Dr. Richard Besser and Dr. Kemi Alli challenged members of the Fund for Women and Girls to think outside the box to understand the vaccine needs of communities hit hard by the COVID pandemic. In a Zoom discussion at the Fund’s annual luncheon on May 6th, they focused on barriers to access and a lack of trust to explain concerns about COVID-19 vaccines in these communities.
Dr. Besser, President and CEO of the Robert Wood Johnson Foundation in Princeton, believes structural barriers, such as the location of vaccination centers and the times they are open, not numbers of vaccines given per day, reveal a lack of equitable access. Workers in low-income jobs often must choose between a paycheck and a vaccine because they cannot take time off from work and wait in line for a vaccine. “That is not a fair choice,” said Dr. Besser. “We need to set up vaccine centers in places where there is a high level of trust.” Many communities prefer trusted venues in their neighborhoods, such as places of worship, not “mega sites” in outlying locations with few transportation options.
Such structural and systemic barriers explain low vaccination rates in black and brown communities. Dr. Alli, CEO of the Henry J. Austin Health Center in Trenton, explained, “On average, one in five individuals in the City of Trenton have been fully vaccinated.” That low rate is a consequence of systems and practices that have held back individuals in communities that have been underserved for generations. “The healthcare industry as a whole really needs to rethink the systems and practices we have in place that have disenfranchised individuals for so long,” she said. Vaccines get in the arms of people when delivered to where people actually live, work, and play.
Dr. Besser noted that it will be a long time before we understand the impact of the pandemic on communities that face discrimination. Reflecting on the heavy loss of black and brown lives from COVID, he added “When you talk about losing so many Latino men, they are parts of families. That is children losing a father.” These men are fathers, brothers, and husbands whose loss has a profound impact on the economic security of a family.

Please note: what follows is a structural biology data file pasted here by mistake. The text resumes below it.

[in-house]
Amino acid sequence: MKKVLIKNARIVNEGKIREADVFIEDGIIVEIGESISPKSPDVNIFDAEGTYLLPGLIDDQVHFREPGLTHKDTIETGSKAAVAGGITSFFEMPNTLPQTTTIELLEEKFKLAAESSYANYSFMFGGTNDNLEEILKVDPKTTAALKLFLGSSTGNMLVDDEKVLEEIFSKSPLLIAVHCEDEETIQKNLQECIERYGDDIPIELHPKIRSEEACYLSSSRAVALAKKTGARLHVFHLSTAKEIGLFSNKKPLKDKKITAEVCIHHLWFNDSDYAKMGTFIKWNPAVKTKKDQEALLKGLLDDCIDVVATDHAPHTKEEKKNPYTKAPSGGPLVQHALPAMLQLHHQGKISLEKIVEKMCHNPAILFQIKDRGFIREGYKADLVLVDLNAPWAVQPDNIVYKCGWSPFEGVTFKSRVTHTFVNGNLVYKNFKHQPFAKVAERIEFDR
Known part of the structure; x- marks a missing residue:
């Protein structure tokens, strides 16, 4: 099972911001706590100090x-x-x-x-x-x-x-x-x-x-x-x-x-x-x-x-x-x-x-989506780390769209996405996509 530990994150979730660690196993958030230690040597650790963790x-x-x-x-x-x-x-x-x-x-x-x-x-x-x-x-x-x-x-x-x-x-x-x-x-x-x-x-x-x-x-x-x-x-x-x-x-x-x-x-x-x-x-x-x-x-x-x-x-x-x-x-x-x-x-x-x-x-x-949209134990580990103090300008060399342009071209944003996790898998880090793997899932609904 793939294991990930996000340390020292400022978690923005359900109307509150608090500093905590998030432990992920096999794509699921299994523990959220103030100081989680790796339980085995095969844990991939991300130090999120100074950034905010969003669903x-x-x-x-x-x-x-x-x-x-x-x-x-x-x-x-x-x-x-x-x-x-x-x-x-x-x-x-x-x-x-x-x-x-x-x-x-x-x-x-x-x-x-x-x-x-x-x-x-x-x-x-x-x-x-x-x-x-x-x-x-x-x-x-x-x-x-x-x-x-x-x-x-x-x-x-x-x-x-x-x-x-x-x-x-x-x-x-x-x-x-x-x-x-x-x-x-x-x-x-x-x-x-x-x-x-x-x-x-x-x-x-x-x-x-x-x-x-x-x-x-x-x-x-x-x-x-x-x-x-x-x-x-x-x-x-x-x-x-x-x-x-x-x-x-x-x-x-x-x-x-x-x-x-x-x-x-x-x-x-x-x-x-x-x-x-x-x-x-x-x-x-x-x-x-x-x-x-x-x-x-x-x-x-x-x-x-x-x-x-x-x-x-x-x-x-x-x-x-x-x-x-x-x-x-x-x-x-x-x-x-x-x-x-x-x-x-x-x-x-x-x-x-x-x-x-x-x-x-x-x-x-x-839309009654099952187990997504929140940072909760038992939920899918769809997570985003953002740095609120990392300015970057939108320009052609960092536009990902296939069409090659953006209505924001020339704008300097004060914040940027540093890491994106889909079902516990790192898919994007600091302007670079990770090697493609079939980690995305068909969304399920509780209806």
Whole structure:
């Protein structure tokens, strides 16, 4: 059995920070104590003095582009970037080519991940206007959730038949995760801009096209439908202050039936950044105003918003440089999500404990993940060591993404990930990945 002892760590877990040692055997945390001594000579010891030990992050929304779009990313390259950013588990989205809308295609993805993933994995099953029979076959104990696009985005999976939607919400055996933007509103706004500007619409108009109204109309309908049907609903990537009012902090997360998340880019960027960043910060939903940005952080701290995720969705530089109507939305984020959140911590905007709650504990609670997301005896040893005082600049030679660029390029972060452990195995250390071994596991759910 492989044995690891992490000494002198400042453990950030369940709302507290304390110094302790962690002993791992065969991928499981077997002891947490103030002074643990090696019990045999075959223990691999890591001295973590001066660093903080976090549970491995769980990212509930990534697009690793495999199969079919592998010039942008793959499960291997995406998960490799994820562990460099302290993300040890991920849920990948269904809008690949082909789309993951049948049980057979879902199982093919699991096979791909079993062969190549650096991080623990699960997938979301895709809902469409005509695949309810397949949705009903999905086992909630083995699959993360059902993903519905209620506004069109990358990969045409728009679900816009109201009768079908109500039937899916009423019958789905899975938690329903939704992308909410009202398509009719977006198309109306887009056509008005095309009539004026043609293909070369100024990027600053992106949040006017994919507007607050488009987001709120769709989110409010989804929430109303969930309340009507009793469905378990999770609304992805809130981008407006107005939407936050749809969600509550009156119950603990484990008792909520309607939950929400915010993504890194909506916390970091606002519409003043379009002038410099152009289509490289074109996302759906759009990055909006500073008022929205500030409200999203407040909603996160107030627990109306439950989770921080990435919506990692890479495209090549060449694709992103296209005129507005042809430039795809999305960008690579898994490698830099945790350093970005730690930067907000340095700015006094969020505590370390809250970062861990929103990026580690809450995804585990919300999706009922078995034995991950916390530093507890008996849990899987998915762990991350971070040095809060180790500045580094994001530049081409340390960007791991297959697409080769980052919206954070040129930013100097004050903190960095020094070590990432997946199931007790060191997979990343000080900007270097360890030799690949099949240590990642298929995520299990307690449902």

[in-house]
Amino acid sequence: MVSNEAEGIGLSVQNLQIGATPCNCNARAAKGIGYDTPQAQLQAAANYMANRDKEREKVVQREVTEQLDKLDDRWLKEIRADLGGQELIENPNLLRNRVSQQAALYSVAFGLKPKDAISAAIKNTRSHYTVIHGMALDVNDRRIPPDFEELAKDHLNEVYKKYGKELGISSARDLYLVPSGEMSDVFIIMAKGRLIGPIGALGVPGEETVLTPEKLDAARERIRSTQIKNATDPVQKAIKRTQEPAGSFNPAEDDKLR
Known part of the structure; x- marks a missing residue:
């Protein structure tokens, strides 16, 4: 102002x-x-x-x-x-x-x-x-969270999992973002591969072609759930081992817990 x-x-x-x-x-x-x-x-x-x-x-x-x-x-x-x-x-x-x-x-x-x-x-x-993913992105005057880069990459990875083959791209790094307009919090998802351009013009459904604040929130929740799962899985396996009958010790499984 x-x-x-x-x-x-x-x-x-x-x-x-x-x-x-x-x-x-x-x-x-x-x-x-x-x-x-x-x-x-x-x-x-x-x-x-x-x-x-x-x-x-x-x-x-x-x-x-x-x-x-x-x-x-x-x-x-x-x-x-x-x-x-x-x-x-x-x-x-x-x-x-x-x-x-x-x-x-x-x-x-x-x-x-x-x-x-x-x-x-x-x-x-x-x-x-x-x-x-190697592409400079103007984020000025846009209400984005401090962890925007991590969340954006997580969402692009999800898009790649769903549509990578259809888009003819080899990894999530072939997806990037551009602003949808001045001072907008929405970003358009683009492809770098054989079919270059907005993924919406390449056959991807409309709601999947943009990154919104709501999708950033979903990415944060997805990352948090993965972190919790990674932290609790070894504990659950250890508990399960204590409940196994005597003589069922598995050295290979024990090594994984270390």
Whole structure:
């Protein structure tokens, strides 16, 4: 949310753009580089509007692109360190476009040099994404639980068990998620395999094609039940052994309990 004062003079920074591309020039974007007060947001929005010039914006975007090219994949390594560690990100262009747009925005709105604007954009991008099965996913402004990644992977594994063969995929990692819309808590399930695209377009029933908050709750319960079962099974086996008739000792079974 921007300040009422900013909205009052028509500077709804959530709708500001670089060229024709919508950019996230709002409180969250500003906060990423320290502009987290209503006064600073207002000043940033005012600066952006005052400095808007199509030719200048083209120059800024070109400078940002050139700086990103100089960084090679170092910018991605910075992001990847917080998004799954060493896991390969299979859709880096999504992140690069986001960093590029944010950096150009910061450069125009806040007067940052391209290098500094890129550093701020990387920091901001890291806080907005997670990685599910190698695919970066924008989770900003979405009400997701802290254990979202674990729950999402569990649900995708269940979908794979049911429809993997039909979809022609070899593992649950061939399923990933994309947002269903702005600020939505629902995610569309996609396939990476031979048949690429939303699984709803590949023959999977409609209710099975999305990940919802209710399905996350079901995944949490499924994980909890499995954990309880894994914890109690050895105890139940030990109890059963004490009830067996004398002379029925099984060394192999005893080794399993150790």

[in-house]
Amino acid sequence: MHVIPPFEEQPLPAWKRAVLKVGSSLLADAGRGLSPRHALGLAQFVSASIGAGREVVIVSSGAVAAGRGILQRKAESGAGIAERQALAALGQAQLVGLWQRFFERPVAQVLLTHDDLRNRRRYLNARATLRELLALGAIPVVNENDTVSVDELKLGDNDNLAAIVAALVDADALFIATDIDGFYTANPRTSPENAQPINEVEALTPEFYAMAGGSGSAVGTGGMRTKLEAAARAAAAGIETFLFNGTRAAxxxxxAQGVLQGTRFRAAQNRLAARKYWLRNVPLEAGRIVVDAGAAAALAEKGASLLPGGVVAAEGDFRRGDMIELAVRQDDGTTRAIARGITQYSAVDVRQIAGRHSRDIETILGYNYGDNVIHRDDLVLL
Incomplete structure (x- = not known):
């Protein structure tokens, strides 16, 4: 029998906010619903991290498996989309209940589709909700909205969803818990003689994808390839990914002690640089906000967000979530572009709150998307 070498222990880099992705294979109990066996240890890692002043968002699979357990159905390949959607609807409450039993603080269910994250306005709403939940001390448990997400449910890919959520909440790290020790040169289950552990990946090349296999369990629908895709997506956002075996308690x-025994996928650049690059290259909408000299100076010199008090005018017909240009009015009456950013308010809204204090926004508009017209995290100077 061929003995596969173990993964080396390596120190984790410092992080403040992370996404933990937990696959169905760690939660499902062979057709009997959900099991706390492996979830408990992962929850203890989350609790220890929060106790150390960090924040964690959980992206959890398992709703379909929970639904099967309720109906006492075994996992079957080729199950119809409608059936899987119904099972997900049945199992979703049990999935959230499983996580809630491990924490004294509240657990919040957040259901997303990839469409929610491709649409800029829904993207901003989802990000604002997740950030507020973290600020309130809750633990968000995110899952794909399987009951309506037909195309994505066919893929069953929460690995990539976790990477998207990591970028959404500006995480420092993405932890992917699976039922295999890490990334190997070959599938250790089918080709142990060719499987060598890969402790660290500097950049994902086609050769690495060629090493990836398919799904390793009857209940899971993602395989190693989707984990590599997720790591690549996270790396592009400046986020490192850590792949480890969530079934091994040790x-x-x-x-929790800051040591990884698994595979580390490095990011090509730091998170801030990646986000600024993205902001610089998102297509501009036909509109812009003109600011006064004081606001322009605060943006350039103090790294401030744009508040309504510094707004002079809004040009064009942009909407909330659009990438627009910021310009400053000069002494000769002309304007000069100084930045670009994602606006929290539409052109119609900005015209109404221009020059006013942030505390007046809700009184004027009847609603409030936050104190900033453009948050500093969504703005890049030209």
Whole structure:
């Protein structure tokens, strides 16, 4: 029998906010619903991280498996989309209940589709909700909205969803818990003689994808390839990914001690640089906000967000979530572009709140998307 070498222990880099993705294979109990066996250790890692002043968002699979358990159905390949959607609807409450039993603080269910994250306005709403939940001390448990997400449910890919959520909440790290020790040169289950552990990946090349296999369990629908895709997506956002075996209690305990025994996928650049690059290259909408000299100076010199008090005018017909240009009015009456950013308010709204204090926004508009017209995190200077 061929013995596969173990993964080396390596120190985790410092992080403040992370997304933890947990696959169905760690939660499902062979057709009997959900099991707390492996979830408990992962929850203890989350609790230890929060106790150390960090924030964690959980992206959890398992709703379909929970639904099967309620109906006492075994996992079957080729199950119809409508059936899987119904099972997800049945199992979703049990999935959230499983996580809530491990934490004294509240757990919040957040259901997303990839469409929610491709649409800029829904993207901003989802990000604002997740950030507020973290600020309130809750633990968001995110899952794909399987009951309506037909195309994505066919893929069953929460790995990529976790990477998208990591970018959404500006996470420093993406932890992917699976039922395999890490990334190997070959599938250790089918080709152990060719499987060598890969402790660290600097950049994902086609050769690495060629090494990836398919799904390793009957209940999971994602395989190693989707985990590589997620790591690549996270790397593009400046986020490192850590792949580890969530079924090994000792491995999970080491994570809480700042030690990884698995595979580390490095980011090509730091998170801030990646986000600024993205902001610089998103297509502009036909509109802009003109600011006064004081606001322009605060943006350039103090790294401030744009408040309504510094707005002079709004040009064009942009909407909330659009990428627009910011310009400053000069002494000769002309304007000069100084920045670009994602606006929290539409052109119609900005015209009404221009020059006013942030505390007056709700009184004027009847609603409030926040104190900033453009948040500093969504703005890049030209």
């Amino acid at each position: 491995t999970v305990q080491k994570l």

The doctors do see opportunities embedded in the tragedy of the pandemic. Dr. Besser and Dr. Alli discussed the rise of telemedicine as one positive outcome. Because most people have cell phones, underserved communities have increasing access to mental health services. This is one example of how reducing barriers allows access to the system.
They urged the audience to support new ideas in philanthropy that promote access and equity for communities particularly hard hit by the pandemic. Dr. Besser presented research and initiatives funded by the Robert Wood Foundation that analyze access to healthcare, education, and job opportunities to create community driven policies. Programs such as the Well Babies Well Moms initiative supported by the Henry J. Austin Health Center, supported by the Fund for Women and Girls, underline the crucial impact of data to build a culture of health that highlights equity.
Learn more about the Princeton Area Community Foundation’s Fund for Women and Girls at https://pacf.org/grants-scholarships/grants/fund-for-women-and-girls/.